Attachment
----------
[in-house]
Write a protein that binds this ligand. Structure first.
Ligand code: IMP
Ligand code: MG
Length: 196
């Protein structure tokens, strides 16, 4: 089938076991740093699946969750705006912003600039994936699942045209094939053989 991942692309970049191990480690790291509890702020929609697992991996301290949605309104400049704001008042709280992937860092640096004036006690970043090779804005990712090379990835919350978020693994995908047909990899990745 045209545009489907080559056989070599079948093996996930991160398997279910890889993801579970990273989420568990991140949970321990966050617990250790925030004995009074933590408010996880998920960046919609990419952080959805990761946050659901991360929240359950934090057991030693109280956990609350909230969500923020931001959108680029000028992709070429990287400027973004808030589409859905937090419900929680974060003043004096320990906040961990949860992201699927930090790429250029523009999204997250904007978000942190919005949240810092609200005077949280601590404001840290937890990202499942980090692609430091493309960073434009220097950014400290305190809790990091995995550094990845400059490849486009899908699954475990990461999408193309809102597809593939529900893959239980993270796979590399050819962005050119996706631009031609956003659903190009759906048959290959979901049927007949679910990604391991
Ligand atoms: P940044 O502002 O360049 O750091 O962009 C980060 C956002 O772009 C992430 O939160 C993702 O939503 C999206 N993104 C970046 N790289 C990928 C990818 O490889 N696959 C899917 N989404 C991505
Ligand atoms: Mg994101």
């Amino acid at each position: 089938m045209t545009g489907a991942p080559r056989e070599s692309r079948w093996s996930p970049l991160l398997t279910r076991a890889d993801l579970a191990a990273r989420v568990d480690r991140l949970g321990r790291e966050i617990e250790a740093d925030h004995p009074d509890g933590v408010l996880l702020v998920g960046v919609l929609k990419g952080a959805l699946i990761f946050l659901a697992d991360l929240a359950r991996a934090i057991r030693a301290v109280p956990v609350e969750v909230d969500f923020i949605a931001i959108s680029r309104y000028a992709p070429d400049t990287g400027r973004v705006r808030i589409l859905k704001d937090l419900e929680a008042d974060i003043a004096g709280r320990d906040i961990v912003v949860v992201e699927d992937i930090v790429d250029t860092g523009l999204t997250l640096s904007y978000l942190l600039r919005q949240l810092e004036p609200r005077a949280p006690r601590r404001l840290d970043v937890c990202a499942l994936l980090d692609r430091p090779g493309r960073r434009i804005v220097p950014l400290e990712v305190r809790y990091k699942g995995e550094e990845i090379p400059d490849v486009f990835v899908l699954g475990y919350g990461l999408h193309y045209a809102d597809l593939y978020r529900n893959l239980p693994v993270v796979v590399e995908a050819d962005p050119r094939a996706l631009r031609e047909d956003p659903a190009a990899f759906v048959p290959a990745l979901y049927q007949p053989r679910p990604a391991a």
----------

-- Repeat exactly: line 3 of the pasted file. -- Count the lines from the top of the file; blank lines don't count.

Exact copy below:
Ligand code: IMP